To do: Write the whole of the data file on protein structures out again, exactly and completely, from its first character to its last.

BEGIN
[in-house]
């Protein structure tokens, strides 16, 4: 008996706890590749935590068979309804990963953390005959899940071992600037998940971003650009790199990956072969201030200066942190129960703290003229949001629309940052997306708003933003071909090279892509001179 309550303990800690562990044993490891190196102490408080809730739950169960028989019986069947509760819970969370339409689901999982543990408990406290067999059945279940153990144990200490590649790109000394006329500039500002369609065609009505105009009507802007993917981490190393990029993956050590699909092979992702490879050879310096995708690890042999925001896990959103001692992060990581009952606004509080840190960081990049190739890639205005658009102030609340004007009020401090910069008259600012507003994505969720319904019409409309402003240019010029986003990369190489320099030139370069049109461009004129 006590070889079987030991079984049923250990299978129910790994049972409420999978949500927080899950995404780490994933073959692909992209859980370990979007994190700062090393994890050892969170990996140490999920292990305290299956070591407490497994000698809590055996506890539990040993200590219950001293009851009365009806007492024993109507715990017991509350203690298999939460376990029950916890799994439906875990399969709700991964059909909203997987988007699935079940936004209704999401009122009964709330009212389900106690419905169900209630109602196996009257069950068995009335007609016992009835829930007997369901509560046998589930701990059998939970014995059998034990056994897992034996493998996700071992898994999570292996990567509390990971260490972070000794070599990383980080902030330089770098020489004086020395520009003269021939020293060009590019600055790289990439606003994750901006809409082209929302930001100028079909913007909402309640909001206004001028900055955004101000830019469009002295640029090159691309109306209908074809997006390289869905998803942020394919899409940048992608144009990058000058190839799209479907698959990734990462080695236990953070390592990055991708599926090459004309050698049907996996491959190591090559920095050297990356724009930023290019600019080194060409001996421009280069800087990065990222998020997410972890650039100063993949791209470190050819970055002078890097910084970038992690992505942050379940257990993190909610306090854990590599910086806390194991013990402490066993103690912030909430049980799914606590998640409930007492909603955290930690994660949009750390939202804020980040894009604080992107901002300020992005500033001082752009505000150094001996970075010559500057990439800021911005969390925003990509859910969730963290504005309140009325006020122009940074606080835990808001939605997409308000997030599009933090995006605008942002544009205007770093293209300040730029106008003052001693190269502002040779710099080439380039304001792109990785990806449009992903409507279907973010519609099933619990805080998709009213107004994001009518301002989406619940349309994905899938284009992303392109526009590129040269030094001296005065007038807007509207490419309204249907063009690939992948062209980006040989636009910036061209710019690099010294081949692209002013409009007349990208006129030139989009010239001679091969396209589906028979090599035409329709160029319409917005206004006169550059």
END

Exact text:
[in-house]
């Protein structure tokens, strides 16, 4: 008996706890590749935590068979309804990963953390005959899940071992600037998940971003650009790199990956072969201030200066942190129960703290003229949001629309940052997306708003933003071909090279892509001179 309550303990800690562990044993490891190196102490408080809730739950169960028989019986069947509760819970969370339409689901999982543990408990406290067999059945279940153990144990200490590649790109000394006329500039500002369609065609009505105009009507802007993917981490190393990029993956050590699909092979992702490879050879310096995708690890042999925001896990959103001692992060990581009952606004509080840190960081990049190739890639205005658009102030609340004007009020401090910069008259600012507003994505969720319904019409409309402003240019010029986003990369190489320099030139370069049109461009004129 006590070889079987030991079984049923250990299978129910790994049972409420999978949500927080899950995404780490994933073959692909992209859980370990979007994190700062090393994890050892969170990996140490999920292990305290299956070591407490497994000698809590055996506890539990040993200590219950001293009851009365009806007492024993109507715990017991509350203690298999939460376990029950916890799994439906875990399969709700991964059909909203997987988007699935079940936004209704999401009122009964709330009212389900106690419905169900209630109602196996009257069950068995009335007609016992009835829930007997369901509560046998589930701990059998939970014995059998034990056994897992034996493998996700071992898994999570292996990567509390990971260490972070000794070599990383980080902030330089770098020489004086020395520009003269021939020293060009590019600055790289990439606003994750901006809409082209929302930001100028079909913007909402309640909001206004001028900055955004101000830019469009002295640029090159691309109306209908074809997006390289869905998803942020394919899409940048992608144009990058000058190839799209479907698959990734990462080695236990953070390592990055991708599926090459004309050698049907996996491959190591090559920095050297990356724009930023290019600019080194060409001996421009280069800087990065990222998020997410972890650039100063993949791209470190050819970055002078890097910084970038992690992505942050379940257990993190909610306090854990590599910086806390194991013990402490066993103690912030909430049980799914606590998640409930007492909603955290930690994660949009750390939202804020980040894009604080992107901002300020992005500033001082752009505000150094001996970075010559500057990439800021911005969390925003990509859910969730963290504005309140009325006020122009940074606080835990808001939605997409308000997030599009933090995006605008942002544009205007770093293209300040730029106008003052001693190269502002040779710099080439380039304001792109990785990806449009992903409507279907973010519609099933619990805080998709009213107004994001009518301002989406619940349309994905899938284009992303392109526009590129040269030094001296005065007038807007509207490419309204249907063009690939992948062209980006040989636009910036061209710019690099010294081949692209002013409009007349990208006129030139989009010239001679091969396209589906028979090599035409329709160029319409917005206004006169550059």